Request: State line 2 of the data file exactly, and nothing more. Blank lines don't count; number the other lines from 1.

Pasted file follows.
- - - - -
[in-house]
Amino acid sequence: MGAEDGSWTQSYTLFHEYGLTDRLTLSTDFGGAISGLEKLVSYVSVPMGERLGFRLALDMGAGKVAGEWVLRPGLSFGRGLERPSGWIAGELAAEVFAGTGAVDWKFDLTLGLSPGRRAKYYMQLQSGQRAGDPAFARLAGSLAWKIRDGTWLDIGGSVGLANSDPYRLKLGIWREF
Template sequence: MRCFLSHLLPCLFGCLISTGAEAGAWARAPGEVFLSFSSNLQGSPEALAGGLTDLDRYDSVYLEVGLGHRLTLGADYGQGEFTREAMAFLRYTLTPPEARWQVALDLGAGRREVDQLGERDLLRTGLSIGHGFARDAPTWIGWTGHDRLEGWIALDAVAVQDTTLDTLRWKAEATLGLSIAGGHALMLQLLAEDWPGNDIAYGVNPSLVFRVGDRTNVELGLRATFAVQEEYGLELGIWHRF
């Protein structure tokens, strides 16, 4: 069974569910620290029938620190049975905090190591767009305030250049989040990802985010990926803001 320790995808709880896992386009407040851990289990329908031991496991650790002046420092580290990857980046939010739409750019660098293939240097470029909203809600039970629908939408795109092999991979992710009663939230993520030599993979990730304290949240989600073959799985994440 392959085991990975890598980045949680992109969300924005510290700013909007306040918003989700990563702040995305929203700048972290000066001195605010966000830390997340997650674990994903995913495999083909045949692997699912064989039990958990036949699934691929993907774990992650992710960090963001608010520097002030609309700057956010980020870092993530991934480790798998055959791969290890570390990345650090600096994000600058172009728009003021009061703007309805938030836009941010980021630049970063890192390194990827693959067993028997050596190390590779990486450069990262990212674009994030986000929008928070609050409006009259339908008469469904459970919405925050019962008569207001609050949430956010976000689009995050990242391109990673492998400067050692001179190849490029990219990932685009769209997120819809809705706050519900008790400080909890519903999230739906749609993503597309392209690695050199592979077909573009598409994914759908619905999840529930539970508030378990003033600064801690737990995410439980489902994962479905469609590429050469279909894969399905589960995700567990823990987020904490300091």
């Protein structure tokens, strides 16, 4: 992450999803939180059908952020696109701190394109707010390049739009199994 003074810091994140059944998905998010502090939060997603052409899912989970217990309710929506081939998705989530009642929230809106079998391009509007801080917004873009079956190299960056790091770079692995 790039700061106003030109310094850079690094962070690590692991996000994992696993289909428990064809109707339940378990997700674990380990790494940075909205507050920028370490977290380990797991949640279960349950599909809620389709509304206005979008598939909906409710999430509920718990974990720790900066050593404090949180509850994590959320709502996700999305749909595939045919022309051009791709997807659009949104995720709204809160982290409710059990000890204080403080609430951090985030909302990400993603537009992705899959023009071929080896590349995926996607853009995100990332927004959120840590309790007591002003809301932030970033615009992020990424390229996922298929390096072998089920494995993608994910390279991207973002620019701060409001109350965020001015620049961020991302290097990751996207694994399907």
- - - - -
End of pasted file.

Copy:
Amino acid sequence: MGAEDGSWTQSYTLFHEYGLTDRLTLSTDFGGAISGLEKLVSYVSVPMGERLGFRLALDMGAGKVAGEWVLRPGLSFGRGLERPSGWIAGELAAEVFAGTGAVDWKFDLTLGLSPGRRAKYYMQLQSGQRAGDPAFARLAGSLAWKIRDGTWLDIGGSVGLANSDPYRLKLGIWREF